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I have a fantastic litter of F1 black phantom berniedoodle’s, 5 girls and 2 boys. Black phantom colouring is solid black body colour with tan points ie, their legs, under their tail and on their cheeks and eyebrows. They also have varying degrees of white on their chest and toes. Their details are on the photos, click to enlarge them and the info is it the top corner.
If you search phantom Berniedoodles on line you can get a good idea of what they will look like as adults. Berniedoodle’s are quite rare here in the uk but are becoming ever more popular in Canada and America due to their fantastic temperaments and their shaggy roughish looks.
Mum was our much loved pedigree Bernese Mountain Dog. Tragically she passed away a couple of weeks ago. It was very sudden and it is a massive loss to our family.
Father is a gorgeous pedigree phantom Standard Poodle and photos and documents will be available to view. Both have been hip scored.
The puppies have beautiful temperaments. Cheeky, playful and loving human contact. They are being raised in the home environment so are very used to all the sounds of home, the hoover, tv, general life and other pets. They are very friendly and always happy to see us as they have been socialised and handled from birth. These puppies are beautiful round barrels of cuteness and will make a loyal, loving companion to any family willing to put the time in to training and socialisation.
They will come with a full vet check, 1st vaccination, worming treatments up to date, microchipped and a puppy pack. They will be ready to go to their forever loving homes from the 25/01/20. A £200 deposit will be required to secure your pup.
Now, some of the bits you need to know and consider before buying a doodle.
Bernies are so trouble by illness that I researched extensively a suitable cross breeding and found berniedoodle’s. This was not a quick decision but in researching this pairing, learnt a lot about the benefits of crossbreeding. Crossing pedigree dogs of different breeds, results in puppies that are healthier than either of their parents. This is because the two breeds are generally prone to different genetic problems. Hybrids such as the Berniedoodle are only likely to inherit a health problem that is common to both the Poodle and the Bernese—two breeds that share few common diseases. Berniedoodles therefore have what is referred to as “hybrid vigor,” and can be expected to live healthier, longer lives than their purebred parents. The main common genetic problem they share is hip dysplasia. Both have been tested. Results on request.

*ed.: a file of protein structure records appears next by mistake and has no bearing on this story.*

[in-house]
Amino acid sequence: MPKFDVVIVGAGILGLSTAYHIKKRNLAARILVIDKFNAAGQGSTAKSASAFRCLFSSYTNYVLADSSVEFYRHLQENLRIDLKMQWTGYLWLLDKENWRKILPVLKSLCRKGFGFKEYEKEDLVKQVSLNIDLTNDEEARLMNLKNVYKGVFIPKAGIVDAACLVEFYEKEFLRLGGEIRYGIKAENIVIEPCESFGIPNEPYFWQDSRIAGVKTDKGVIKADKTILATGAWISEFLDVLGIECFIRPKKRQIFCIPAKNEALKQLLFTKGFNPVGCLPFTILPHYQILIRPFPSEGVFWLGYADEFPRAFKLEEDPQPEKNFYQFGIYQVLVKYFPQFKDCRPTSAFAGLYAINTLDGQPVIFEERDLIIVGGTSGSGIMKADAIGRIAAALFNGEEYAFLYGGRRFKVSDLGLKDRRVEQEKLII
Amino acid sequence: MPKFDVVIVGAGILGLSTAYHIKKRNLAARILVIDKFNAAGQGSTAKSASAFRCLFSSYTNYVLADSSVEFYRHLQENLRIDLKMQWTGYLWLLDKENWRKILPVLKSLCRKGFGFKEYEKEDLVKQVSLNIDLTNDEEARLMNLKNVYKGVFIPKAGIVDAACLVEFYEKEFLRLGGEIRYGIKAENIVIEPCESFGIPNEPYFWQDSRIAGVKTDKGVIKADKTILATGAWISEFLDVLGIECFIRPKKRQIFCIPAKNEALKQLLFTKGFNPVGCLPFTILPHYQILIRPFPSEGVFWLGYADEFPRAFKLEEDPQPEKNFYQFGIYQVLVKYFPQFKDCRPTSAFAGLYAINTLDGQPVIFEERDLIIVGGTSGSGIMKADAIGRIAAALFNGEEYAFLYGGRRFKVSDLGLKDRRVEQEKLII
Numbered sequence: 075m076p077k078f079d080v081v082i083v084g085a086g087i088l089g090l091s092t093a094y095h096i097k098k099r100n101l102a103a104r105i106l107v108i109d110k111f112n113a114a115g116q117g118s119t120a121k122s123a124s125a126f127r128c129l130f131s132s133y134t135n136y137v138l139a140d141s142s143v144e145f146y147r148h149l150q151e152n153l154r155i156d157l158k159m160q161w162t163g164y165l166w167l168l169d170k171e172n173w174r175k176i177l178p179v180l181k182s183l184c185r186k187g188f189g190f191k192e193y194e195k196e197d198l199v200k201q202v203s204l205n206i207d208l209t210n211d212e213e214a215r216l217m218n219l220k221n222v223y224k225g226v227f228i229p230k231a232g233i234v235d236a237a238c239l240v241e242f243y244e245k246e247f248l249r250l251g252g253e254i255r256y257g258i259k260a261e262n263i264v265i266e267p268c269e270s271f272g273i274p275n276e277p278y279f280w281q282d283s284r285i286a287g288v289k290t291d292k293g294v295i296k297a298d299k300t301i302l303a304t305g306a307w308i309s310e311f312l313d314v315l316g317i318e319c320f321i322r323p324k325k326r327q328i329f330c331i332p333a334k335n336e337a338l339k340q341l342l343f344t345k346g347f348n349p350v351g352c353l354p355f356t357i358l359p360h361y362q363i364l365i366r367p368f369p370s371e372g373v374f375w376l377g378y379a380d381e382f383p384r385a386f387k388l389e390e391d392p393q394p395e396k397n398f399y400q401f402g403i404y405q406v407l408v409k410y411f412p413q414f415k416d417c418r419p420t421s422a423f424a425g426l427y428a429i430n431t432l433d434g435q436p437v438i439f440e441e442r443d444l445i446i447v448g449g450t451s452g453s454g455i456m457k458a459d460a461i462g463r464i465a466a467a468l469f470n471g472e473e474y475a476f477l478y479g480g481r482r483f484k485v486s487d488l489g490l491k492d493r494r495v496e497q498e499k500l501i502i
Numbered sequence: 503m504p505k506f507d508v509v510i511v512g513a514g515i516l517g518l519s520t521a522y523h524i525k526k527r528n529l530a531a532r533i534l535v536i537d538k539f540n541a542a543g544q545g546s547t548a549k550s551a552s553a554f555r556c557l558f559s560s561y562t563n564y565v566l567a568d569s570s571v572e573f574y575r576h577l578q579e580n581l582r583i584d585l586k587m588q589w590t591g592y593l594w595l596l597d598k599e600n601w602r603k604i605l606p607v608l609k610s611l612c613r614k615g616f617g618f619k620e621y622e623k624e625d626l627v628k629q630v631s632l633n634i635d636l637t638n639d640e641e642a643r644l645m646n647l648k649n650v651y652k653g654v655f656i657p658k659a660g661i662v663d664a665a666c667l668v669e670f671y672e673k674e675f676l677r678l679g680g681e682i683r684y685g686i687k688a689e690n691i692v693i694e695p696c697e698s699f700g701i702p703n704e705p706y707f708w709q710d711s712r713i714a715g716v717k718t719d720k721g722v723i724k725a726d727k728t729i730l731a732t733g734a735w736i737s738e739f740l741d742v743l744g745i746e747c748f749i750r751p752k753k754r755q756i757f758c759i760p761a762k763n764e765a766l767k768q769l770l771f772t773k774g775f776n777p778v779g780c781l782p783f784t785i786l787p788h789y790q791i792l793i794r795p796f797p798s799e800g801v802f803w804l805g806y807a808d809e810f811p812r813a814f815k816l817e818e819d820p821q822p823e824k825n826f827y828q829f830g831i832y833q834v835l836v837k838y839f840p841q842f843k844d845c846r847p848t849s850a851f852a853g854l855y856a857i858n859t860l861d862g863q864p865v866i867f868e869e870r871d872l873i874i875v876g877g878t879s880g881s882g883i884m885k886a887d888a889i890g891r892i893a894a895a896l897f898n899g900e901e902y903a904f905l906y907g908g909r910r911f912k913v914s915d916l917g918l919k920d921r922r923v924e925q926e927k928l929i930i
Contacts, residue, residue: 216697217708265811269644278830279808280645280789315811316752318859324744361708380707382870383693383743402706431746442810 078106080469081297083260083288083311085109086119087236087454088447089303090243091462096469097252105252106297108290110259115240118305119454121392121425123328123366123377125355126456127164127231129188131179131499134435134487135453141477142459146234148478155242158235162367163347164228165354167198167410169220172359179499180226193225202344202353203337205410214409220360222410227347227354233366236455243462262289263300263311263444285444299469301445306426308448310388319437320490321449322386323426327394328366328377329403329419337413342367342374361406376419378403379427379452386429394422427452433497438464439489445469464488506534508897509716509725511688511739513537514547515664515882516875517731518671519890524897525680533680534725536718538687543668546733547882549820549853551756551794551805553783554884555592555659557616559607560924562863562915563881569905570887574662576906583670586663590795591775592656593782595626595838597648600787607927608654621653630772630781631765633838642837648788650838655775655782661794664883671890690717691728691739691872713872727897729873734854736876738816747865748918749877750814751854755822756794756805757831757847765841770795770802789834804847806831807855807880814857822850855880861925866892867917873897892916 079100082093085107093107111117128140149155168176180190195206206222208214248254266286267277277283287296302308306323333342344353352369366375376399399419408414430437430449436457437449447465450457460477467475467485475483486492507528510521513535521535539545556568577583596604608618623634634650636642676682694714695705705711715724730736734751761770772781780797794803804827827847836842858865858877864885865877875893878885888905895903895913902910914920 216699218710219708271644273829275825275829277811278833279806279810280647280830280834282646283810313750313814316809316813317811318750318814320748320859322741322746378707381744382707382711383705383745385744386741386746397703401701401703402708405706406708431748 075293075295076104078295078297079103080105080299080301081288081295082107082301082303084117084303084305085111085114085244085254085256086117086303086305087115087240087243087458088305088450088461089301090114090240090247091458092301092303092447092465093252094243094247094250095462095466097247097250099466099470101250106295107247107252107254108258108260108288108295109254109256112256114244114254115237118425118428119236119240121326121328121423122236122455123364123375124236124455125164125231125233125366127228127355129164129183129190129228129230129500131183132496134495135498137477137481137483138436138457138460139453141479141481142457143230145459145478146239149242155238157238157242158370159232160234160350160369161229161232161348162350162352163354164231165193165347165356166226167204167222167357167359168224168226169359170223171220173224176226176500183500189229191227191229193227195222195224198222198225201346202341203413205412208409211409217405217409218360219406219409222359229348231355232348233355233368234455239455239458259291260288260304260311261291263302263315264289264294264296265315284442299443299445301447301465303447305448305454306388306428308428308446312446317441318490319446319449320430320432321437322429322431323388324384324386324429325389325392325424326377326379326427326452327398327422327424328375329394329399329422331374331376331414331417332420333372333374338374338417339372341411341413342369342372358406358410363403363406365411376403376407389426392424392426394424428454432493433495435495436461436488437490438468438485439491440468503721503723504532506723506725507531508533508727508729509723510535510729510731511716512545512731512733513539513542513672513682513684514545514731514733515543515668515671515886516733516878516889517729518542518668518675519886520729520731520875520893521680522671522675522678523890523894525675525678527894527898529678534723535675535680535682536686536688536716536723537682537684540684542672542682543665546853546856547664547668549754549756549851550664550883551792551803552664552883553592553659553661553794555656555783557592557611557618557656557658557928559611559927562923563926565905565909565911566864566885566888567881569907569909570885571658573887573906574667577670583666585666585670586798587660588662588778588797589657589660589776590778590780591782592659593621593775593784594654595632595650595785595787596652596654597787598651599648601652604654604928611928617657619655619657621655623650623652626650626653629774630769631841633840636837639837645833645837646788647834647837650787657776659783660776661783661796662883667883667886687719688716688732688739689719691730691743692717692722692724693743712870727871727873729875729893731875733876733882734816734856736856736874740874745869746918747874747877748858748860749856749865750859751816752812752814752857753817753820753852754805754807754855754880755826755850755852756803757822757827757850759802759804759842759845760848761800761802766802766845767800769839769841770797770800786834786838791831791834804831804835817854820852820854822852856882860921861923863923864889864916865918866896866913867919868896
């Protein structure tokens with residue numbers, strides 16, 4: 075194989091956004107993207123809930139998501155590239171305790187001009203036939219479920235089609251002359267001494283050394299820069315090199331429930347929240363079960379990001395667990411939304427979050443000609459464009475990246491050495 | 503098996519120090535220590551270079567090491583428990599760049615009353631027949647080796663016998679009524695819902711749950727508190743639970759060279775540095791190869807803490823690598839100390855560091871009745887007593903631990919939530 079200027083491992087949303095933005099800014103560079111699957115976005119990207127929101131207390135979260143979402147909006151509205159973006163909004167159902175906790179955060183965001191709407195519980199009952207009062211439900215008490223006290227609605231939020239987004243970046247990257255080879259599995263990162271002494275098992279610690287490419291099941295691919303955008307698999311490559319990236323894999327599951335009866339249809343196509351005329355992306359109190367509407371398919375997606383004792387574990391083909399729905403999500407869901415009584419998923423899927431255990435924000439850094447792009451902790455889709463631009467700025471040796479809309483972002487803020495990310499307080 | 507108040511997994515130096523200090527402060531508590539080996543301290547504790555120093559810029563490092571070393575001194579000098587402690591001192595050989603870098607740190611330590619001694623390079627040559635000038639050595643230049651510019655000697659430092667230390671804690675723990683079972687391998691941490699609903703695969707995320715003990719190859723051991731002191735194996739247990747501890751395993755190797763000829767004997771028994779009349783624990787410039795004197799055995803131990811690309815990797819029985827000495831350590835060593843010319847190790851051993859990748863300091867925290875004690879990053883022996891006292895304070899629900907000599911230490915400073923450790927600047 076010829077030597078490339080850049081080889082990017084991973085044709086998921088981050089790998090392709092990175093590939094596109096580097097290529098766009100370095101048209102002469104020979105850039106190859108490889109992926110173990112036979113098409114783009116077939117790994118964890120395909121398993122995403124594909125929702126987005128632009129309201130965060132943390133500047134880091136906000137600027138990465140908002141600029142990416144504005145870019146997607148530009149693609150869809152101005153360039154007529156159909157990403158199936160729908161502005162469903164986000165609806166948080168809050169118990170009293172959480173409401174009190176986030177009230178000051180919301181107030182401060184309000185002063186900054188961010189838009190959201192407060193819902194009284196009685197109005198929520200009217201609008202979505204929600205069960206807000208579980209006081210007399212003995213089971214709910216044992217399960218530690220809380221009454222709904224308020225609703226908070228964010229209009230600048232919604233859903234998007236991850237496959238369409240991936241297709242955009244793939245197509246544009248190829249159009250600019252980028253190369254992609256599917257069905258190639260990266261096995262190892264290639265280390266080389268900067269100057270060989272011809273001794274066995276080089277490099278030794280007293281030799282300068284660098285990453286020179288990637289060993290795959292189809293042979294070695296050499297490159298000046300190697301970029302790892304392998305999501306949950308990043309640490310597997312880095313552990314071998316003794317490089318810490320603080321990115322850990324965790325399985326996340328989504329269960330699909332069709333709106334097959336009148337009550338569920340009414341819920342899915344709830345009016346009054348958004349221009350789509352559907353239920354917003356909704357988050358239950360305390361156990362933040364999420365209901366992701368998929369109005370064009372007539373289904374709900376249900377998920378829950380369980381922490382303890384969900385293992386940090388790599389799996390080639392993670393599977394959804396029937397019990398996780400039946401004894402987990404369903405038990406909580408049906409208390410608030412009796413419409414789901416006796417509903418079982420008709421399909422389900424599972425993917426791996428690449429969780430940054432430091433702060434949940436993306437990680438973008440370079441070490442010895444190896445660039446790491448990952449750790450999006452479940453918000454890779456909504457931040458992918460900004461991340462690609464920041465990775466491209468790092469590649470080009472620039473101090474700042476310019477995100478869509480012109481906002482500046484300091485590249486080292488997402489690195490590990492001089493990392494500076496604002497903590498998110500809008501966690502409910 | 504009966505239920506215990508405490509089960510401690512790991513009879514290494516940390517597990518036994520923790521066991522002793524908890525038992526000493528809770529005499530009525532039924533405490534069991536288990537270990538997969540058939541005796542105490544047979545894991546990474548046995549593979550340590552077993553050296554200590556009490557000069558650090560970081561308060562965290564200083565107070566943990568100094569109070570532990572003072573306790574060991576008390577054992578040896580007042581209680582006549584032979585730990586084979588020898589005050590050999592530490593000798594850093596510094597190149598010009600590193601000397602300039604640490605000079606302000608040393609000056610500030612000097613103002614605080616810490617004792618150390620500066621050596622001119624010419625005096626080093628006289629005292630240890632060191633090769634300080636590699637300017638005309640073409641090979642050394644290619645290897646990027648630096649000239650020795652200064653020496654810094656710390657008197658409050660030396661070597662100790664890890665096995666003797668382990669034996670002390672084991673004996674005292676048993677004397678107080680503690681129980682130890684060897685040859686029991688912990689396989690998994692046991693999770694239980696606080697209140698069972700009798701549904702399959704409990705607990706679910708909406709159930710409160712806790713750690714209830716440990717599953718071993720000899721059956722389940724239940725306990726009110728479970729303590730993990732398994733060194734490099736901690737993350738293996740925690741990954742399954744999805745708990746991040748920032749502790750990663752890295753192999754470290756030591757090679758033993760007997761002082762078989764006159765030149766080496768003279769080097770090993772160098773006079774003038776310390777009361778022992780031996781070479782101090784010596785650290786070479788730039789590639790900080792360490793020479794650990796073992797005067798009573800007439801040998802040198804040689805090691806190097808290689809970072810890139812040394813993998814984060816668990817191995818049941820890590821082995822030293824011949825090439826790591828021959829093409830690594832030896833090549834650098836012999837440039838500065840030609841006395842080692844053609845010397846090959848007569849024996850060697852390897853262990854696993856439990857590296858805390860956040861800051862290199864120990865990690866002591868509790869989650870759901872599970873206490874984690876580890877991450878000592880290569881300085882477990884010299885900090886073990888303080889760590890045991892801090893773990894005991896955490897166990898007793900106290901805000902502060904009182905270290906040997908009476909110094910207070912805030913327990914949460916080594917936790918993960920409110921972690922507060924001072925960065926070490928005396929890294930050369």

The blend of the Bernese and the Poodle produces a smart, friendly, playful dog. They tend to have the sweetness and loyalty of the Bernese, and the goofy liveliness and intelligence of the Poodle. Like the Bernese, they are gentle around children and the elderly, and because they love to work, they often make excellent therapy dogs.
Bernedoodles tend to look like shaggy teddy bears which I love but there are some things you need to know about their coats. There are two main types of coat. You have the double coat which moults and sheds, ie the Bernese and there is the single coat that sheds but does not moult, ie the poodle.
Out there at the moment there are people breeding poodles to anything that moves and then declaring them to be hypoallergenic and none moulting dogs. This simply is not true.
There is a hope that by breeding these two coats together they will take on the none moulting characteristics but this is a 50/50 chance when it comes to an F1. Yes the moulting can be greatly reduced but there is no guarantee what percentage the pups coat will take on until the adult coat comes in at about 9 months old. I will be able to give you a idea which way their coat is heading but it will not be an absolute guarantee. These are going to be hairy dogs! If they take on more of the Bernie coat, they will not need clipping but will moult twice a year and need to be groomed regularly. If they take on more of the poodle coat, they will need their bums and possibly their faces clipping. The poodle coat mats easily and will need regular grooming but you will find you have less dog hair in your food!
Inja’s last litter took on more of the poodle coat so yes there was less moulting but until you’ve been able to breed a good line down to an F4/F5 it’s not something you can say with confidence.
Be extra cautious with online transactions!
We encourage you to read these guidelines before buying or adopting a dog.
Carry out the research so you have the necessary knowledge of the pet you are getting. Since owning a dog is a big commitment, you should research about the breed fully to make sure it fits your current lifestyle and budget.
Take time to visit the breeder's home to confirm if they are genuine. Do not settle for online communications and photos. UK Pets does not verify the authenticity of all advertisers. The breeder should allow you to personally see the puppies with the puppies' mother. If they keep on giving you excuses why you could not visit their home or the address stated in the advert is not the accurate and permanent location of the pet, consider this a red flag.
Never pay anything online through money transfer companies especially if you have not personally visited the breeder and seen the puppy, this includes deposit and delivery cost for the puppy. There is also no means to recover your money if issues arise. Before closing a deal, you must have signed a well-defined contract.
The breeder should only release the puppies when they are 8 weeks old or older. They should be responsible enough to know that separating the puppy from the mother earlier results in medical and behavioural issues.
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